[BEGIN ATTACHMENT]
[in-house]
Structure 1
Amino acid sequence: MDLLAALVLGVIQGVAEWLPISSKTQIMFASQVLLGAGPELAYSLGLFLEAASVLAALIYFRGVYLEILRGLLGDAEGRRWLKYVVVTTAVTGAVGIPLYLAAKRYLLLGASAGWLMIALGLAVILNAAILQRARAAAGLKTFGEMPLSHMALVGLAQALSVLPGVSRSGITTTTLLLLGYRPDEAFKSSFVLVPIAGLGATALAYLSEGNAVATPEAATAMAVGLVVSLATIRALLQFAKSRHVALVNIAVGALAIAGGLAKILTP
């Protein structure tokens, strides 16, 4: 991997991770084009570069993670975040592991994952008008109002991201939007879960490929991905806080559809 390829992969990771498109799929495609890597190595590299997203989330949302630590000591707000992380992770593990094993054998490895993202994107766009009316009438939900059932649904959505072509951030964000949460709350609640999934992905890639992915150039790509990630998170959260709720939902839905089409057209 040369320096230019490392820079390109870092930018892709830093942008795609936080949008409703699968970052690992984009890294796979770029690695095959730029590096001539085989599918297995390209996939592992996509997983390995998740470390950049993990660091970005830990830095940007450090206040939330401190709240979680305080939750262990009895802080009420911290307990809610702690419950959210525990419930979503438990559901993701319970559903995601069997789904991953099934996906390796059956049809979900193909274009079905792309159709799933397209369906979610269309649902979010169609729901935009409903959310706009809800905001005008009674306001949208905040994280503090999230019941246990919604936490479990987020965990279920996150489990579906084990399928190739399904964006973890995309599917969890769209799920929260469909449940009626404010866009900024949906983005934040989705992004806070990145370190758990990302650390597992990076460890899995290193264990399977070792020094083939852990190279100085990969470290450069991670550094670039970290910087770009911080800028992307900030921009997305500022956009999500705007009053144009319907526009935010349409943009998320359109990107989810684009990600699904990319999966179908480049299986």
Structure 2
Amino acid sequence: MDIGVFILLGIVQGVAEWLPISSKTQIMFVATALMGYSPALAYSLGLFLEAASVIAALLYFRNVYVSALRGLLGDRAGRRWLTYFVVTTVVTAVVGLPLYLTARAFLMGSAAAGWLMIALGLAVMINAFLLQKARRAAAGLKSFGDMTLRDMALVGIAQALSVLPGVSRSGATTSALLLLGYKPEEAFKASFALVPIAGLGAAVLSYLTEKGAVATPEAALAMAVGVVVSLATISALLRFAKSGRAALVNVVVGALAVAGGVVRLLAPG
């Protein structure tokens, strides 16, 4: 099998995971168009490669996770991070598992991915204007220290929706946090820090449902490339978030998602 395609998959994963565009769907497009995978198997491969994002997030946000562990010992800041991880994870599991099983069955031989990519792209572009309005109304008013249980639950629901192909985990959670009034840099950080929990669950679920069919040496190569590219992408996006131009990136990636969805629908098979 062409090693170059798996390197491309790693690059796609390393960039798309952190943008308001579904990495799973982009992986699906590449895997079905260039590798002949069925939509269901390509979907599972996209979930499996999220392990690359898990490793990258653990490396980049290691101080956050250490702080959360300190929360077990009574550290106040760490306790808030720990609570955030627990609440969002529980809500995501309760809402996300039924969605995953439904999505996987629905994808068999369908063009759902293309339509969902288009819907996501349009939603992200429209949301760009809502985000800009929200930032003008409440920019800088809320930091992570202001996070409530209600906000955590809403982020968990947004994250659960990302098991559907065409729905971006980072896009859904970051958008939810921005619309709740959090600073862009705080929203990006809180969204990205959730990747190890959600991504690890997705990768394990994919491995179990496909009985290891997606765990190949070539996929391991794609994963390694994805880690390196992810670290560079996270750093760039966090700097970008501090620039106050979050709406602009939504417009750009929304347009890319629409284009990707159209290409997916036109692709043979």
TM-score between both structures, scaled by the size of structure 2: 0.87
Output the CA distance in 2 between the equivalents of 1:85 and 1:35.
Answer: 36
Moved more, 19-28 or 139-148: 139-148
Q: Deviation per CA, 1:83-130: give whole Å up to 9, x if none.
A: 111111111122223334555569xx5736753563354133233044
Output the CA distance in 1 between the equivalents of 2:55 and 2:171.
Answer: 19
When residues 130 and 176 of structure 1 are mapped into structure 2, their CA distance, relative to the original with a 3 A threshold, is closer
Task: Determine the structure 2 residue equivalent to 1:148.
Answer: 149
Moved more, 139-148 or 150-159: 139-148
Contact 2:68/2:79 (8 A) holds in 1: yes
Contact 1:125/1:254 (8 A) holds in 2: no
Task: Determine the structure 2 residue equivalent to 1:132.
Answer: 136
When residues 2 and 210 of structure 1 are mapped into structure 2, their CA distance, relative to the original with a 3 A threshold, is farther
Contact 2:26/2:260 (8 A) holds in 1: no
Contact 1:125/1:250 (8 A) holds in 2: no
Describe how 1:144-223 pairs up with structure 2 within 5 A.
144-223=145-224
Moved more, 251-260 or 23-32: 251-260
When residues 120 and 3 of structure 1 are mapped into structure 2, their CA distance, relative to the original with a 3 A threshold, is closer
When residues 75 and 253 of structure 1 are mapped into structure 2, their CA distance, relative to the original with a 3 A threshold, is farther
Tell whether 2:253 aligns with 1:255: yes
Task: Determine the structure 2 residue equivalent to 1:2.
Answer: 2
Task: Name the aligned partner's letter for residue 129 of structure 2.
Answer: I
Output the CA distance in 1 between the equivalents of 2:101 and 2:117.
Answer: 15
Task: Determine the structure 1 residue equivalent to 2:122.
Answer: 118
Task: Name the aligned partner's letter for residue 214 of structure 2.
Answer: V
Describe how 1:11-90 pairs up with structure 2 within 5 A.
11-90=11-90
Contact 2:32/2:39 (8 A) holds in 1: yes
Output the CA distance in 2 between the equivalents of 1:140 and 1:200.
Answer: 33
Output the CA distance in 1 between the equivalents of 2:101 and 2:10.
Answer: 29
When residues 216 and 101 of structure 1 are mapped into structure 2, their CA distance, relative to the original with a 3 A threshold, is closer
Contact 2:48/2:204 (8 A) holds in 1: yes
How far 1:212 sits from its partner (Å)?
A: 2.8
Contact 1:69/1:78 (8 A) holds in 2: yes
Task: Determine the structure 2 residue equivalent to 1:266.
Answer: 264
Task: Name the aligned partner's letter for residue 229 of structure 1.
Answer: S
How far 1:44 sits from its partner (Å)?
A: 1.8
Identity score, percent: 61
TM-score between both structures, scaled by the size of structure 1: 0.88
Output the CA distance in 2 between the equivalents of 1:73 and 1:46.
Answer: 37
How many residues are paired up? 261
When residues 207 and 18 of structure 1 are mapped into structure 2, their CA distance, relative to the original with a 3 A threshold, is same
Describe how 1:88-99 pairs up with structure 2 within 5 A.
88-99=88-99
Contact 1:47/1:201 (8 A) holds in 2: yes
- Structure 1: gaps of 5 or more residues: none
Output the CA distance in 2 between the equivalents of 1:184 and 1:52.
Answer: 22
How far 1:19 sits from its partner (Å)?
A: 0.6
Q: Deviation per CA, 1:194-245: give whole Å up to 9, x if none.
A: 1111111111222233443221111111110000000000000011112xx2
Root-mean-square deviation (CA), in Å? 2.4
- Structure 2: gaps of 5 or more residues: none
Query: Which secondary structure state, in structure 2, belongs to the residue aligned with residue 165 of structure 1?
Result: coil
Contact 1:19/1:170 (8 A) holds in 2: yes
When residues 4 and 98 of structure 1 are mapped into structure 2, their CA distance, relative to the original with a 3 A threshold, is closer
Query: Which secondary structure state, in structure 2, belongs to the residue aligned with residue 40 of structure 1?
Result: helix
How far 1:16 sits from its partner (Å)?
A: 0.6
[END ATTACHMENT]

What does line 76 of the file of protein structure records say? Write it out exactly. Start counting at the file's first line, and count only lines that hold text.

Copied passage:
A: 1111111111222233443221111111110000000000000011112xx2